In August, Rosie O'Donnell's daughter went missing. She was found and returned; drugs are rumored to have been involved. And then on her 18th birthday, Chelsea O'Donnell left Florida with her birth mother. O'Donnell is said to have cut her daughter off financially and is holding her daughter's birth certificate and social security card.
The adoption world is in an uproar. An adoptee! Returned! To her birth mother! Whoa.
It could get crowded in my dining room with those three other women, the mothers of my adopted children. It made things tight bringing food out and clearing the table, struggling to inch past them, the skinny and stout, all with black hair and brown eyes, and the wide cheekbones that are the national trademark of Nicaragua.
It used to bother me a lot -- their silent clucking at what was for dinner, the suspicious eyes cast on the siblings. The slight head shakes wondering why I went all the way to another country to find children for my family. It bothered me. They just wouldn’t quit....more
I recently found out my birth son was likely never told he was adopted, and has been publicly speaking out about an ancestral heritage that, genetically, isn't entirely true. And I'm worried -- nay, freaked out -- about how he might feel, if he discovers his adoptive cultural background and biological background don't match....more
After a baby is adopted, a birth mother doesn’t just go home and pick up where she left off. Everything is different then. Nothing is “normal” anymore. The bed where you slept so comfortably is now the place where you spent your first few minutes of labor. The porch where you like to sit on summer days is now the place where you took all of your maternity pictures. All of your Facebook friends with babies seem like they’re rubbing your face in their motherhood. The sun streaming in through the kitchen windows doesn’t make you smile anymore. Everything feels…off....more
Nine years ago today, I pushed my daughter into this world with one last mighty push. Nine years ago today, I became a mother. Nine years ago today, a brand new resident doctor stitched me up while my daughter's mom held her for the first time, my arms empty. The pain of the inexperienced stitching didn't compare to the burning hot pain in my heart as I lived through that first experience of almost but not quite, the life-long journey of birth motherhood....more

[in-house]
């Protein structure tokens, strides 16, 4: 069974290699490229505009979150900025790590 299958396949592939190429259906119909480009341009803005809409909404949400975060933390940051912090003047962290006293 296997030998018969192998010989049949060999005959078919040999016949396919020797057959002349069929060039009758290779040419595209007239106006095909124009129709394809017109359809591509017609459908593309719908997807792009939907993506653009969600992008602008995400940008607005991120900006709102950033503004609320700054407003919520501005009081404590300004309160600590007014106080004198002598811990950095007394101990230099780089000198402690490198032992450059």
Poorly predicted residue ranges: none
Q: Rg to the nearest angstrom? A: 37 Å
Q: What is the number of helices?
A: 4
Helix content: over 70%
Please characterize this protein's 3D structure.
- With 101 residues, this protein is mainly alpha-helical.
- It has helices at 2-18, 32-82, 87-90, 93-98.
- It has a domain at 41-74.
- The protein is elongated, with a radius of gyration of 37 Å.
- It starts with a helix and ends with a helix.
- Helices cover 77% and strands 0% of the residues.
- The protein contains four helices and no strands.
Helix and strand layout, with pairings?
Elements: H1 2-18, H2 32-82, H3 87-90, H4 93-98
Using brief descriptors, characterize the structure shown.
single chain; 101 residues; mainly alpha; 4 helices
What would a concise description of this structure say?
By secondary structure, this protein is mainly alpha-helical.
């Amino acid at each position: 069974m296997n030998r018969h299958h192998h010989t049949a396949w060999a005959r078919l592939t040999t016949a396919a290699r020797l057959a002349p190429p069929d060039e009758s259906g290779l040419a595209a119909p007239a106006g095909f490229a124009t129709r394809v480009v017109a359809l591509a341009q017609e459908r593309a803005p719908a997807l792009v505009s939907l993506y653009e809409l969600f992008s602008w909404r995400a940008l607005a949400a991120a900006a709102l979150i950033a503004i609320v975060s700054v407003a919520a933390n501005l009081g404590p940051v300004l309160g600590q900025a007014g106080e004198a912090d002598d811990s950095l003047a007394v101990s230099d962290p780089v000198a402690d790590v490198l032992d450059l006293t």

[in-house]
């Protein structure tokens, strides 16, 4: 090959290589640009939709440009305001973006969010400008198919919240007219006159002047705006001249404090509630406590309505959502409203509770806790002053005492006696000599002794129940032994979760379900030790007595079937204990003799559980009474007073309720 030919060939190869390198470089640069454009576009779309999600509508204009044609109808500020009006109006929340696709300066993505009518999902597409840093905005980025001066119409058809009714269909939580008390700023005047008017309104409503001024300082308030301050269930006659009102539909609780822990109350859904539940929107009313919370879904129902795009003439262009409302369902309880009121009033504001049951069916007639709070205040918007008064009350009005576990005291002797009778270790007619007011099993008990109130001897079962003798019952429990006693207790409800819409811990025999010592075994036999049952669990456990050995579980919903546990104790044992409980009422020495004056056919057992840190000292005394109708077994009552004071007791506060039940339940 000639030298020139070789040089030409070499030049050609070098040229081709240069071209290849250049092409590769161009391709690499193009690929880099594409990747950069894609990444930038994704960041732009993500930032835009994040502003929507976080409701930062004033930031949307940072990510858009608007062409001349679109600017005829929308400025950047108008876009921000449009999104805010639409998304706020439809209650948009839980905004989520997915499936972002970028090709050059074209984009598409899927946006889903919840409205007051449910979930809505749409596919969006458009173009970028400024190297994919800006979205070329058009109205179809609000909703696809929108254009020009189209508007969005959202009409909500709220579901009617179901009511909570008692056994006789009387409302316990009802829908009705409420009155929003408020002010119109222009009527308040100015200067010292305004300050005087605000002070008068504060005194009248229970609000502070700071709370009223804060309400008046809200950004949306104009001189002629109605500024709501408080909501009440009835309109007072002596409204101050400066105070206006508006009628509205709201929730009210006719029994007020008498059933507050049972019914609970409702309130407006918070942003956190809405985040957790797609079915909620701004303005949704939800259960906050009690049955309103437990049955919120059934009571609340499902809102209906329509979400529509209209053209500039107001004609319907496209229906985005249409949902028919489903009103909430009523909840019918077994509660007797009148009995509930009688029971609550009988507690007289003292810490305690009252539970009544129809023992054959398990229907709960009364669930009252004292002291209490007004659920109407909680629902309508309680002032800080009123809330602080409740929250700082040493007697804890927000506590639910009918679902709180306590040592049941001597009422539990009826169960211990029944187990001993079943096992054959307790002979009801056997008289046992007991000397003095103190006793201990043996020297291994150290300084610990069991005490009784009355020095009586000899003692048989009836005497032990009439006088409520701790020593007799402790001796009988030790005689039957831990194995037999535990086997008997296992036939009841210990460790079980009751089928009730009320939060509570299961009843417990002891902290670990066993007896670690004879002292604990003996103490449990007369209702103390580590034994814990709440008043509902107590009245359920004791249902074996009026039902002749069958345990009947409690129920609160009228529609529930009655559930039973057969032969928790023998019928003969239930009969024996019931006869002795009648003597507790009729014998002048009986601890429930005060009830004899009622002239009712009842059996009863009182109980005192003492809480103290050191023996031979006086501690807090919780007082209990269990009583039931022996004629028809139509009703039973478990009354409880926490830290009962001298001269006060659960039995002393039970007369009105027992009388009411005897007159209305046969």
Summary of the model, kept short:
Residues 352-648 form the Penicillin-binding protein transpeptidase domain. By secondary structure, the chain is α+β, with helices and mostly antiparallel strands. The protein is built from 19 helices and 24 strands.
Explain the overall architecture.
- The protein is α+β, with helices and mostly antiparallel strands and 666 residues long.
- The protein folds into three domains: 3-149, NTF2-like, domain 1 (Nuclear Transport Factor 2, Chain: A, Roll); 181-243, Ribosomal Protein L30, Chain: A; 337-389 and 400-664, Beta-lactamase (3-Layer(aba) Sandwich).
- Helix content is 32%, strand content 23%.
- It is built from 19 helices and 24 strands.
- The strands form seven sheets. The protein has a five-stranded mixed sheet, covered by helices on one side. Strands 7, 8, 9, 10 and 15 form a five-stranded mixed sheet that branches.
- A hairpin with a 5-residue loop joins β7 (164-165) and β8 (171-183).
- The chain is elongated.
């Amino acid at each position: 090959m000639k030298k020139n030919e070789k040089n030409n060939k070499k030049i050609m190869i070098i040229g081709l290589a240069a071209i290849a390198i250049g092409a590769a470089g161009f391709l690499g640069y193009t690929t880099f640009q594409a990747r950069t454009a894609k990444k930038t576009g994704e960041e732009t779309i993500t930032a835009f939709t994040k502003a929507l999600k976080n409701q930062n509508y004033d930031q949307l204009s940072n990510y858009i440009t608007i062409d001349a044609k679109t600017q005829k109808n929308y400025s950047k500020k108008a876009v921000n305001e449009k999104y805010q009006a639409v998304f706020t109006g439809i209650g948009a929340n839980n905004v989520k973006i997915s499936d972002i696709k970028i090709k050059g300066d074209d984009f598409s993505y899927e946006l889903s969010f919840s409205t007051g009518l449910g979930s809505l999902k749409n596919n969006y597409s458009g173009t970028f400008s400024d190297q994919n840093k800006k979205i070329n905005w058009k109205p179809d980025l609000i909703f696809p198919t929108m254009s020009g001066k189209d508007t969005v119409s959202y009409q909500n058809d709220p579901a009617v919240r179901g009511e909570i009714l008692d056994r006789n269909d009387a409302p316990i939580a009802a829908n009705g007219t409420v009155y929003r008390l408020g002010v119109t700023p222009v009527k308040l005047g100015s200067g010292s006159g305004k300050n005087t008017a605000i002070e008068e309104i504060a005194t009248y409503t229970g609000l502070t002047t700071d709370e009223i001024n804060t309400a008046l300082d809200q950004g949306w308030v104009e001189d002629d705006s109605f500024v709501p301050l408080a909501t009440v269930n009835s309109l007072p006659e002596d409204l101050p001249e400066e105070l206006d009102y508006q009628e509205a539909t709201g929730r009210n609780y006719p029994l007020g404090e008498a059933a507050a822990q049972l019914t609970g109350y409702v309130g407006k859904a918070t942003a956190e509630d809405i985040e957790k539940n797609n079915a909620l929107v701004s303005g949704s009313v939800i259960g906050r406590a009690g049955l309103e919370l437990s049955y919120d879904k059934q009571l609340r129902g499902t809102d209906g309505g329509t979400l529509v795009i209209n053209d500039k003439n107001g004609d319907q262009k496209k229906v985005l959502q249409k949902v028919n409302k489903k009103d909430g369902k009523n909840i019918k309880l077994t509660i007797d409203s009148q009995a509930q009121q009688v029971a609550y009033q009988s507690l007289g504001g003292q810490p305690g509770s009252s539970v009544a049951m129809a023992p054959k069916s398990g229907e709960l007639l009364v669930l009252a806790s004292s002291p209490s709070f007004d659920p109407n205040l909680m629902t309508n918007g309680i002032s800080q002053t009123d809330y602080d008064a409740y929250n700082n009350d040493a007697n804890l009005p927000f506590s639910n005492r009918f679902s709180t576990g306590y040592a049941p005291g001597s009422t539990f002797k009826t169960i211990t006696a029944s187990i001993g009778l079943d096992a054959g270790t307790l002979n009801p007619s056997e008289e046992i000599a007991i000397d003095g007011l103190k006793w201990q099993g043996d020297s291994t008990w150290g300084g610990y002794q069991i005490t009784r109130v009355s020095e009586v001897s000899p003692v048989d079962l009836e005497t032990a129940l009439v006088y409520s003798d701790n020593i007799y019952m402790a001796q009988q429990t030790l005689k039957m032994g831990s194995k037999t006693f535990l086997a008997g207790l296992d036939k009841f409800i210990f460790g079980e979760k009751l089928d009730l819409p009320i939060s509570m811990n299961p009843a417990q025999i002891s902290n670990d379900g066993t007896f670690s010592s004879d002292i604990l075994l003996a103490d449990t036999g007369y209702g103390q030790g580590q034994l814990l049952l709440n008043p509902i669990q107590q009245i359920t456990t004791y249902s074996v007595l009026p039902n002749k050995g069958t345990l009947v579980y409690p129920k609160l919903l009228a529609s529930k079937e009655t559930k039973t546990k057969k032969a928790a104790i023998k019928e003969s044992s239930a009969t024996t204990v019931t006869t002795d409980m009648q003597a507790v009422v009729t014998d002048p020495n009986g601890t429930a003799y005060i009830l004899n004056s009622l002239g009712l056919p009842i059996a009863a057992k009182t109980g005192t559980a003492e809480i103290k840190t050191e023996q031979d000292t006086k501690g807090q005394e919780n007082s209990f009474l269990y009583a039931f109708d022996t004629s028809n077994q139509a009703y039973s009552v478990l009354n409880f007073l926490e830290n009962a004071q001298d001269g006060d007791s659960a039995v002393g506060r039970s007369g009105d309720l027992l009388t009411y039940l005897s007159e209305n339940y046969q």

Although I am comfortable with my own spirituality and my relationship with God, I am not so comfortable with the fact that I have evidently broken my promise to my daughter’s birth mother. Twenty two years ago when this precious baby girl was placed in my arms, I was given the most amazing gift. Her birth mother trusted me to raise her child, provide for her, protect her and love her unconditionally. She asked for just one single thing in return… That I raise her child as a Catholic....more
In her book Journey of the Adopted Self, Betty Jean Lifton addresses the sticky issue of the word "real" in adoptive families: "The adoptive mother believes she is the real mother because she is the one who got up in the middle of the night and was there for the child in sickness and health....more
It stings the most when I run into friends who have daughters her age.
It happens more and more as technology brings people back together. Or, in a totally anti-technology way, when people end up coming back to our beloved camp after years away for whatever reason. Life, work, aforementioned children. In tow, they introduce me to their little girl. Nearly eight, they say. My breath catches. I tell her hello. I hate myself a little bit more. I smile. I cry inside....more
When I tell people that I have developed a good relationship with my daughter’s biological mother and am feeling very positive about the efforts my husband and I have been making to include her more in our lives as an extended family member, they almost always respond with some version of the following: “Wow, that’s great! But aren’t you afraid …” This is followed by the expression of various concerns that naturally arise....more